A U.S. citizen may petition for:

  • A child (unmarried and under 21 years of age)
  • An unmarried son or daughter ( 21 years of age and older)
  • A married son or daughter of any age

A U.S. citizen's unmarried, minor child is considered an immediate relative, does not need a visa number, and is eligible to receive an immigrant visa immediately. Otherwise, sons and daughters of U.S. citizens will be eligible for a visa when their priority date is listed on the Department of State's Visa Bulletin .

If your unmarried, minor child was admitted or paroled into the U.S., he or she may file the Form I-485, Application to Register for Permanent Residence or Adjust Status, at the time you file your Form I-130, Petition for Alien Relative.

If your unmarried, minor child has children, see the petitioning section on beneficiaries.

A lawful permanent resident may petition for:

  • A child (unmarried and under 21 years of age)
  • An unmarried son or daughter ( 21 years of age and older)

A lawful permanent resident may not petition for a married son or daughter.

If you had children before you became a permanent resident and you did not immigrate as an immediate relative of a U.S. citizen, your unmarried, minor children may be eligible to receive following-to-join benefits. This means that you do not have to submit a separate USCIS Form I-130 (Petition for Alien Relative) for your children, and your children will not have to wait any extra time for a visa number to become available. See the Petitioning Procedures for more information on following-to-join benefits. Otherwise, children of LPRs will be eligible for a visa when their priority date is listed on the Department of State Visa Bulletin.

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How Do I File the Petition?
To petition for your child, son, or daughter to live in the United States permanently you should file a form I-130, Petition for Alien Relative. To find out how to file this petition, please see Petitioning Procedures, which will help you identify what you need to do.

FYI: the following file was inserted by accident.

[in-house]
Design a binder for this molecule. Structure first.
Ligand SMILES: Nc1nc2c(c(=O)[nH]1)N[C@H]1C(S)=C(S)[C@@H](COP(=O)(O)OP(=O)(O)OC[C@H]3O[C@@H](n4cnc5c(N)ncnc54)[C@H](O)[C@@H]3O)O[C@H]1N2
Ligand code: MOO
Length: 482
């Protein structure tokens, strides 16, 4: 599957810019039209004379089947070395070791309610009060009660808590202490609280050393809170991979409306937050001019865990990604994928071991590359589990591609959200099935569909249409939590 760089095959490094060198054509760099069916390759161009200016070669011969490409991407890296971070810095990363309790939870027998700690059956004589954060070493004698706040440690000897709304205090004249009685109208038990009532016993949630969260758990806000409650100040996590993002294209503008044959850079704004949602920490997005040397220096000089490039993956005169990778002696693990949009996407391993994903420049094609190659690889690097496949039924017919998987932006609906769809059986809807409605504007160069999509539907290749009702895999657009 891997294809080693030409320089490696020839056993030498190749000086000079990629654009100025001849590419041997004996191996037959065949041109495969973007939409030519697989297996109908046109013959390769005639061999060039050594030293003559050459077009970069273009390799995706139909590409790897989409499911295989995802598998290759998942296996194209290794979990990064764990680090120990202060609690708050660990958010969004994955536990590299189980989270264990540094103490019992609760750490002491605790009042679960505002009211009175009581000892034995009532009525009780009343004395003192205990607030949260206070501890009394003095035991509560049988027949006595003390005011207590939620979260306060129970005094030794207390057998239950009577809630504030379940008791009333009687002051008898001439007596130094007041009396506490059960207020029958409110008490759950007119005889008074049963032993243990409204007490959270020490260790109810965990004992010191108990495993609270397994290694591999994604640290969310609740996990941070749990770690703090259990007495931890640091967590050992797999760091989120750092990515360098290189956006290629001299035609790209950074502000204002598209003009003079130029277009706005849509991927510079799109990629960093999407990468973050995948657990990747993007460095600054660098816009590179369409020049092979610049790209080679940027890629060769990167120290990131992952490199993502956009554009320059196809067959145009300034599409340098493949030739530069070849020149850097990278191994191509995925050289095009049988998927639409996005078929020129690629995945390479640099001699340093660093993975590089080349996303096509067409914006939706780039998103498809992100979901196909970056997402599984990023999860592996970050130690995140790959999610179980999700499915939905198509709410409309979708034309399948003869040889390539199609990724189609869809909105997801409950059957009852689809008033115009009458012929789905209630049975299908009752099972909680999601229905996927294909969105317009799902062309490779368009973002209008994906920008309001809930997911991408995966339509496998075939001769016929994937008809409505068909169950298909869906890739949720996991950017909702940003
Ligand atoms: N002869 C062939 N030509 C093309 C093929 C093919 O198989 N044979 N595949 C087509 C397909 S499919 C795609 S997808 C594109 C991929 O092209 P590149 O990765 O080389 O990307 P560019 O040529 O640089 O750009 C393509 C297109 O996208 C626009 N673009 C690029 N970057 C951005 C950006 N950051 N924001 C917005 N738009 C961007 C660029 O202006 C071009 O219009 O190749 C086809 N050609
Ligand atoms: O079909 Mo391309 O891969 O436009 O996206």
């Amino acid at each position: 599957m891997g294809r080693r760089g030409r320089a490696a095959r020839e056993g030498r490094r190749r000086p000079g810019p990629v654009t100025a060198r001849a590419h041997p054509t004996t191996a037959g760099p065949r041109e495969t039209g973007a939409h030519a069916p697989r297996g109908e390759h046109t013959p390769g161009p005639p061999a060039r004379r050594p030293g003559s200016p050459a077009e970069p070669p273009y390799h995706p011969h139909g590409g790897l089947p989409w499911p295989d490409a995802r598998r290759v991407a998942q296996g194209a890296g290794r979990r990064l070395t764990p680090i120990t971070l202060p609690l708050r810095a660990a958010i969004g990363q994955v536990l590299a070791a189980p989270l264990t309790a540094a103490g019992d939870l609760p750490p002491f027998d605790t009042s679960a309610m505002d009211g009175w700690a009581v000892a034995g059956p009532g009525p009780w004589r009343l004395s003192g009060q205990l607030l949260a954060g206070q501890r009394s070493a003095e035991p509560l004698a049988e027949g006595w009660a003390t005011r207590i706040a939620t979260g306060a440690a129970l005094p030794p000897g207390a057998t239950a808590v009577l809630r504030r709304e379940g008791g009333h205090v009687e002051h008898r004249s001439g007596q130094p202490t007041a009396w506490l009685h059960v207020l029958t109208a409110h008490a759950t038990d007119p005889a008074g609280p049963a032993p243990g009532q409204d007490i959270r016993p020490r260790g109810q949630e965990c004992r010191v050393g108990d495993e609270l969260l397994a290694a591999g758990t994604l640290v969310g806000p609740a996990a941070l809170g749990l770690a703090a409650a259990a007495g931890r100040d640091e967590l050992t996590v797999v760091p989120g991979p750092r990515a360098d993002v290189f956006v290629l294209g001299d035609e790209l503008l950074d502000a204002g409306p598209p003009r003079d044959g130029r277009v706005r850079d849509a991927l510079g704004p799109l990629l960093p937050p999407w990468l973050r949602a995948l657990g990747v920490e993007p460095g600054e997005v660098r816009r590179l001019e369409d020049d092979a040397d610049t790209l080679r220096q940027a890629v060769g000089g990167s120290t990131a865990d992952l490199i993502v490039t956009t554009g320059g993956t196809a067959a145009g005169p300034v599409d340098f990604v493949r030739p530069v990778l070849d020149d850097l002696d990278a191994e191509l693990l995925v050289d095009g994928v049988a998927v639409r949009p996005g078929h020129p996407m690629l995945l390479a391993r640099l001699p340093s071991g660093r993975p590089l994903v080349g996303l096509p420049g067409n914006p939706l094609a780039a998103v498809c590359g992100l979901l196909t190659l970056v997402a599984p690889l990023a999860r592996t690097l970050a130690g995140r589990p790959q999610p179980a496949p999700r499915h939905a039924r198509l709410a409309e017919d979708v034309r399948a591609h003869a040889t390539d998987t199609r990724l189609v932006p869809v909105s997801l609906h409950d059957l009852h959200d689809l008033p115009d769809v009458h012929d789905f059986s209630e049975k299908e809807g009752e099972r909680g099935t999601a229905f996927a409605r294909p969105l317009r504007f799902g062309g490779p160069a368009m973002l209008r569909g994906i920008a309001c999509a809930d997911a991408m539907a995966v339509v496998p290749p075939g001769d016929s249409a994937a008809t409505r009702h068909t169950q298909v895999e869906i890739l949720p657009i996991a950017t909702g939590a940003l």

Exception: If you are a U.S. citizen petitioning for an orphan, you must file a petition to classify an orphan as an immediate relative. The petition is Form I-600, and the form to use for advance processing is Form I-600A.

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How Can I Check the Status of My Visa Petition?
To check the status of your visa petition, you will need to contact the USCIS office that received it. Full instructions can be found at Finding the Status of Your Case.

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Can Anyone Help Me?
If advice is needed, you may contact the USCIS District Office near your home for a list of community-based, non-profit organizations that may be able to help you in applying for an immigration benefit. In addition, please see the USCIS web page that provides information on obtaining free legal advice.

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Frequently Asked Questions (FAQ's)
Do you want further information? Click here for access to our Frequently Asked Questions on immigration.

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Information for Your Alien Relative
For more information on adjusting to permanent resident status, your child, son or daughter should refer to How Do I Become a Lawful Permanent Resident While In the United States?